I’ve had teachers tell me when using support your abs should feel hard, as if you’re bracing for an impact from someone about to punch you in the gut. Hopefully not all of us have had to brace for impact from a punch, but most of us probably know what it feels like in our body to have engaged abs, whether that be through our weekly pilates classes or memories of being forced through sit-ups in high school P.E. class. Yet, speaking for myself here, my body gets confused when I look down at my stomach muscles and tell them to just flex. Guys, why aren’t you doing anything? I swear I’m not weak!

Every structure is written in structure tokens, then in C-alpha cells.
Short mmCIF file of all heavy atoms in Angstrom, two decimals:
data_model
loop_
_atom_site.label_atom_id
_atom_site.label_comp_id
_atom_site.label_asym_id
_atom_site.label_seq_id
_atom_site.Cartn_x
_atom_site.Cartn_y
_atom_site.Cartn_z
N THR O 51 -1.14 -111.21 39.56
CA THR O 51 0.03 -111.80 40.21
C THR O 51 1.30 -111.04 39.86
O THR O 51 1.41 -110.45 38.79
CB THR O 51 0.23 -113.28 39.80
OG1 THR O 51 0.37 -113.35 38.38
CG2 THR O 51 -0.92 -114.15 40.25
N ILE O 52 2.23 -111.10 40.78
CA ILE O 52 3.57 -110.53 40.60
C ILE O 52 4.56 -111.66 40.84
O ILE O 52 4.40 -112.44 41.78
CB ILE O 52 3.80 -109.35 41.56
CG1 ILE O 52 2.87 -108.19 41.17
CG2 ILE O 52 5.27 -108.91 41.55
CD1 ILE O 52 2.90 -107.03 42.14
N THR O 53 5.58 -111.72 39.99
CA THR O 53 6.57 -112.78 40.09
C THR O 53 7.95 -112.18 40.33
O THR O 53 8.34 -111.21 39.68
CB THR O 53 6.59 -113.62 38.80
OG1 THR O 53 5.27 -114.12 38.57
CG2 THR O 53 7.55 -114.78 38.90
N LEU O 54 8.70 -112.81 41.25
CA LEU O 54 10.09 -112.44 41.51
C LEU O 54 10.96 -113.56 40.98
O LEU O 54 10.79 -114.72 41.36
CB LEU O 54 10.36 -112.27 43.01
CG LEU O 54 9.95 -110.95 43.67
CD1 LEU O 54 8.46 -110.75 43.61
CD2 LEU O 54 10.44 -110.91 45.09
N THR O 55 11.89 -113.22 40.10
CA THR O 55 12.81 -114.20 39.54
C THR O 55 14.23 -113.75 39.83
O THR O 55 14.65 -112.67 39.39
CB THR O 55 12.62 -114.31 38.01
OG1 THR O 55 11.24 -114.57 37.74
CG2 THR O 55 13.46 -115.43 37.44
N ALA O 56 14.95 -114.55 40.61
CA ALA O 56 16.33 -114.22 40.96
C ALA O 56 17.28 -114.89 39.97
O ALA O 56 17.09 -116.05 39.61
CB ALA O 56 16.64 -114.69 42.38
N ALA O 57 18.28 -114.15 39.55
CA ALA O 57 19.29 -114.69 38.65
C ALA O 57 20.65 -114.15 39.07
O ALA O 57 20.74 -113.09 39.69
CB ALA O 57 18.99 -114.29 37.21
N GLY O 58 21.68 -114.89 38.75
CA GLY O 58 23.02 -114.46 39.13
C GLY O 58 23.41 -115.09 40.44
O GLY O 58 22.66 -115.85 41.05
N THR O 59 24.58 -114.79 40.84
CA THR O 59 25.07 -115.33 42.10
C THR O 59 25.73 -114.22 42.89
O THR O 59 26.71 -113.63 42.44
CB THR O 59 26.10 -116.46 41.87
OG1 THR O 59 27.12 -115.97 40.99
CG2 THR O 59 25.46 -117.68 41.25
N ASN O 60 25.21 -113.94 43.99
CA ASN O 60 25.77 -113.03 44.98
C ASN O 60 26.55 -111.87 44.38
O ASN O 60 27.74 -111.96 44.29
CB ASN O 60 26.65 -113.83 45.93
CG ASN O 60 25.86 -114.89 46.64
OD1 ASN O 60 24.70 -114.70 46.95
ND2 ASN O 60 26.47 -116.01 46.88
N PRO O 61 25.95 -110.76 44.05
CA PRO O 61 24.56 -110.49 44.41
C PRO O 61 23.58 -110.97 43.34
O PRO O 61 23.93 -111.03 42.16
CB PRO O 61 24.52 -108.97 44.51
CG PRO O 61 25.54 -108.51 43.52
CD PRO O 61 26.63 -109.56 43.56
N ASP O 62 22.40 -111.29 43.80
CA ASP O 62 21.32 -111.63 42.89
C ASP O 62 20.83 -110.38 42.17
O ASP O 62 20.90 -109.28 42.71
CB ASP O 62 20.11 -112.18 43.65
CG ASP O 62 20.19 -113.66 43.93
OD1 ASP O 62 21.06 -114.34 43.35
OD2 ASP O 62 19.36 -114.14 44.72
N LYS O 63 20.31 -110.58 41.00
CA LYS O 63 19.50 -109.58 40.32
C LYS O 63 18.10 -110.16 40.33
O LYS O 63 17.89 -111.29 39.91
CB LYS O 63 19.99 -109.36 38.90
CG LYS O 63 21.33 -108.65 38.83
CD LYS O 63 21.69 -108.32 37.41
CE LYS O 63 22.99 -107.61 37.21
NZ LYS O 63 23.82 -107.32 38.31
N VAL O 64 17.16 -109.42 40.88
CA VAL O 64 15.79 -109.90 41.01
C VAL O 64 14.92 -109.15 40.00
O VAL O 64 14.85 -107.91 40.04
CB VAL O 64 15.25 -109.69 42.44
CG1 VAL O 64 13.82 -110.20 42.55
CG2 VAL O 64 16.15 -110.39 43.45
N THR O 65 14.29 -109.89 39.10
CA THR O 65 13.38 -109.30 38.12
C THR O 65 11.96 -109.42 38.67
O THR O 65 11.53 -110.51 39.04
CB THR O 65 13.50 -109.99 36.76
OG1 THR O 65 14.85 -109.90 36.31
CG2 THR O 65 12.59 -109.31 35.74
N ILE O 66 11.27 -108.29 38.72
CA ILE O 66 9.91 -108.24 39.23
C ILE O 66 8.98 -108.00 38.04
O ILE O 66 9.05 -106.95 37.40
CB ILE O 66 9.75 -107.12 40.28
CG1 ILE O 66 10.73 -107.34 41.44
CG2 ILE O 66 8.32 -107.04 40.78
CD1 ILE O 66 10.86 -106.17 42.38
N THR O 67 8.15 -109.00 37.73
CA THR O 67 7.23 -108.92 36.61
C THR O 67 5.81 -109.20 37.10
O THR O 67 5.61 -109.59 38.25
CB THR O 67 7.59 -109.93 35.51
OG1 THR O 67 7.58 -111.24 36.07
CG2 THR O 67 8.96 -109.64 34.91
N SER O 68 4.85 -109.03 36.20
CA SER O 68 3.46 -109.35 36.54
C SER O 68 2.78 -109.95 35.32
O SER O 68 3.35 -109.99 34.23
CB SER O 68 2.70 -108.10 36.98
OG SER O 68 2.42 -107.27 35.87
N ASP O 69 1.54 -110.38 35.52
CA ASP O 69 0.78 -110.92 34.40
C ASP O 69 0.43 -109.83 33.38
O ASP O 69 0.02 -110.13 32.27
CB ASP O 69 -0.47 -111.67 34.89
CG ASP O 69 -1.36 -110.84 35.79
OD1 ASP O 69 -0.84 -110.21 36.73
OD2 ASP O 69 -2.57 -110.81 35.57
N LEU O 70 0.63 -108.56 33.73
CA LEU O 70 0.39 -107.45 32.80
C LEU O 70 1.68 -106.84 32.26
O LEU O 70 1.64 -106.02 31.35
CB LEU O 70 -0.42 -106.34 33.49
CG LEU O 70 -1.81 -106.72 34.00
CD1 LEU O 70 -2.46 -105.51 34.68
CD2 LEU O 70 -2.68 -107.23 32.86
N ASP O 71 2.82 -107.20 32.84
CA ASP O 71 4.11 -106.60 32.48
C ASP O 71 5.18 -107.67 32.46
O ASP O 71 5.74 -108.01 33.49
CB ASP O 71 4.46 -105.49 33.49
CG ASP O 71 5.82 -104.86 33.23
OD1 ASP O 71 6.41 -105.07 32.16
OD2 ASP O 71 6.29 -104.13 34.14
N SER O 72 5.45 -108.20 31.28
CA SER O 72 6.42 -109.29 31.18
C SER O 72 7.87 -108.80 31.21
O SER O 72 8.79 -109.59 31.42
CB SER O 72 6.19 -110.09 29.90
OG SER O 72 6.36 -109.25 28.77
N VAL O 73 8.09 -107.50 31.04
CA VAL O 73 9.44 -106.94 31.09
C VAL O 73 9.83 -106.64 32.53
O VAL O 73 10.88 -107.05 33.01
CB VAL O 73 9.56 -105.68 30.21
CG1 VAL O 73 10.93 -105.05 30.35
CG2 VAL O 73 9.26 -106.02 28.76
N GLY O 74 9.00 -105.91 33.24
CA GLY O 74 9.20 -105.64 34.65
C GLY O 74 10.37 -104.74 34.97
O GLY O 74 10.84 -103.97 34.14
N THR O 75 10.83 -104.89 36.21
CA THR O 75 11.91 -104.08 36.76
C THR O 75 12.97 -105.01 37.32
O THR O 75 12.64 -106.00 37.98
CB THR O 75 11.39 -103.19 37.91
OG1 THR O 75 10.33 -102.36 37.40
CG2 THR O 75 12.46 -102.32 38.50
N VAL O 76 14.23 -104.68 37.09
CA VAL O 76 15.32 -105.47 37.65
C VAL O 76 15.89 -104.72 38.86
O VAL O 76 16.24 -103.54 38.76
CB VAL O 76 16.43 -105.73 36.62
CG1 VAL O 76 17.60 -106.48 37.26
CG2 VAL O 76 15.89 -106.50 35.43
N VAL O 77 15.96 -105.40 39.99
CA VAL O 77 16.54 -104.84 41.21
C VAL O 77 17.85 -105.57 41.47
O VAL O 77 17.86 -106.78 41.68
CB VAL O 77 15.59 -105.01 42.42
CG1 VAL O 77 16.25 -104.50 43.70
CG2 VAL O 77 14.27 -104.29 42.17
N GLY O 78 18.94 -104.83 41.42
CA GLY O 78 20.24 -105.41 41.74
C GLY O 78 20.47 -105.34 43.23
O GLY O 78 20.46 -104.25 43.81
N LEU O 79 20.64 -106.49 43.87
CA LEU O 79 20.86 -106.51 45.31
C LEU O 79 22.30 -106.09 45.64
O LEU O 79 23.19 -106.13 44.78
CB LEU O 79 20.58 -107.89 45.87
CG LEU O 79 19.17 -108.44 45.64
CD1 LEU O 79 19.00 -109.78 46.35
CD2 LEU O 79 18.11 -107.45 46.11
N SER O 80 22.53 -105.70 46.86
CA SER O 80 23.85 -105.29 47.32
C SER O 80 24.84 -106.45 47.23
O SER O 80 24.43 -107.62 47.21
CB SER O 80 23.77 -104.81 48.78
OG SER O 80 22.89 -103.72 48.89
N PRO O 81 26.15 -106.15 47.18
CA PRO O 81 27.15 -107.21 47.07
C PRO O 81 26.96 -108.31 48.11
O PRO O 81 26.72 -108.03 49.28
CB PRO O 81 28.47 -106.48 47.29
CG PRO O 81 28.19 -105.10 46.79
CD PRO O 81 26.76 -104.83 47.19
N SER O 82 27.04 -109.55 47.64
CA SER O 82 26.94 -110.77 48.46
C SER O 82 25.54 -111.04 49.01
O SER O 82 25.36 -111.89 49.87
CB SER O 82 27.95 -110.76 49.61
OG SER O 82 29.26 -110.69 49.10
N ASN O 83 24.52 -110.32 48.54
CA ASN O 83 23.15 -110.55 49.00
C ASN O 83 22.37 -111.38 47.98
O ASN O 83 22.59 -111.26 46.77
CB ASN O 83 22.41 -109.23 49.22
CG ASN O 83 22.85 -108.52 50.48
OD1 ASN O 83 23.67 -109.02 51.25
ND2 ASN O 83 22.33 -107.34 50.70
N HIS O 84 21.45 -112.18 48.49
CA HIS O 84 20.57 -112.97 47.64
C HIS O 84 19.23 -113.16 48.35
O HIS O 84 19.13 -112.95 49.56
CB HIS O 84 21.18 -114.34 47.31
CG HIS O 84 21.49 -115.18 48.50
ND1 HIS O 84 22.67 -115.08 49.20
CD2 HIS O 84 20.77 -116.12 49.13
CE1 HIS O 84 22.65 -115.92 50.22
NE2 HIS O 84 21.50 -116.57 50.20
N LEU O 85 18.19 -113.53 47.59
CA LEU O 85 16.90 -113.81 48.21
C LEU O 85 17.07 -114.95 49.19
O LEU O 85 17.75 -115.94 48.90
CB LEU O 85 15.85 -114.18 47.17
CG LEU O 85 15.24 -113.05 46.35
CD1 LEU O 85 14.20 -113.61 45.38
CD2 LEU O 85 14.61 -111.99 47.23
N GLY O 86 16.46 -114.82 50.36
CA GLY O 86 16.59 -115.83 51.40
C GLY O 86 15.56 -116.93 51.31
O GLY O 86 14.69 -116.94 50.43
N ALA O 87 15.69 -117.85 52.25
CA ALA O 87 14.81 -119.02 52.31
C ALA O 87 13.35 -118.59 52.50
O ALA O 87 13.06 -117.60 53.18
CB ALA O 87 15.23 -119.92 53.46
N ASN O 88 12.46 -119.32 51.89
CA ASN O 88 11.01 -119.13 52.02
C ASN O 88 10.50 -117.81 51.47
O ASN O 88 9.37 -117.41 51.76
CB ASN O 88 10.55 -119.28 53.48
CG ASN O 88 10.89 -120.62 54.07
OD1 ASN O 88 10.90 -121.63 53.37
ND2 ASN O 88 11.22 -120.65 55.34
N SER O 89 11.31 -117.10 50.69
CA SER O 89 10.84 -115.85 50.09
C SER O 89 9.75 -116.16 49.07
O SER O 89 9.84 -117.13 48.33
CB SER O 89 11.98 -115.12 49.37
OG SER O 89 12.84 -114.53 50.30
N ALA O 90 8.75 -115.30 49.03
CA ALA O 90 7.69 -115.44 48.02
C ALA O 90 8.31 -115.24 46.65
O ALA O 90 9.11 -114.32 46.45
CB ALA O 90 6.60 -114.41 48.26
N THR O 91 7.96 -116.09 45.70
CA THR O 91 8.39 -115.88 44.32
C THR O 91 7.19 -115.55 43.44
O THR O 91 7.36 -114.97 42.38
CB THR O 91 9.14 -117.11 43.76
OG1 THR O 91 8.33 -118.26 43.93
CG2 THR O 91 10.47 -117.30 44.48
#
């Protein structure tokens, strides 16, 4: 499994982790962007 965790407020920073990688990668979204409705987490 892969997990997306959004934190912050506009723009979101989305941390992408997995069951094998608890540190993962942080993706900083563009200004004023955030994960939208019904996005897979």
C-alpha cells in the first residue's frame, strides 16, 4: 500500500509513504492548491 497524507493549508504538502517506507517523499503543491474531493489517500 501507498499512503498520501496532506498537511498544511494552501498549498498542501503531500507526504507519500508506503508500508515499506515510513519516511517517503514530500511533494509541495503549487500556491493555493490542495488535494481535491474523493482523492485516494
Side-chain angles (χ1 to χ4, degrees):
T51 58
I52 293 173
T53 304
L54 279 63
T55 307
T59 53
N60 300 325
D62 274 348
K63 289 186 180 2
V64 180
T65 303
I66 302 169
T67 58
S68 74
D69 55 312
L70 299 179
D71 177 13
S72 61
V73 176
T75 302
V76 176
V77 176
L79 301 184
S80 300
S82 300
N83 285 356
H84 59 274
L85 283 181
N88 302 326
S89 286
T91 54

There are other, more effective ways of engaging the support we need to sustain a strong sound that doesn’t involve yelling vague directives at our midsections. As I alluded to earlier, our support as musicians is intimately connected with the way we use our air. We activate our support not only through our abdominals, but also our diaphragm and the intercostal muscles between the ribs. We can try to isolate and control what each of these muscles is doing, but it can often be easier for us to respond to indirect tools and directives. It may seem counterintuitive, but rather than telling ourselves to move or engage a certain muscle we only just learned the name of, we can achieve more by focusing on what it feels like in the body to do a certain action, and then emulate that feeling in the act of playing your instrument.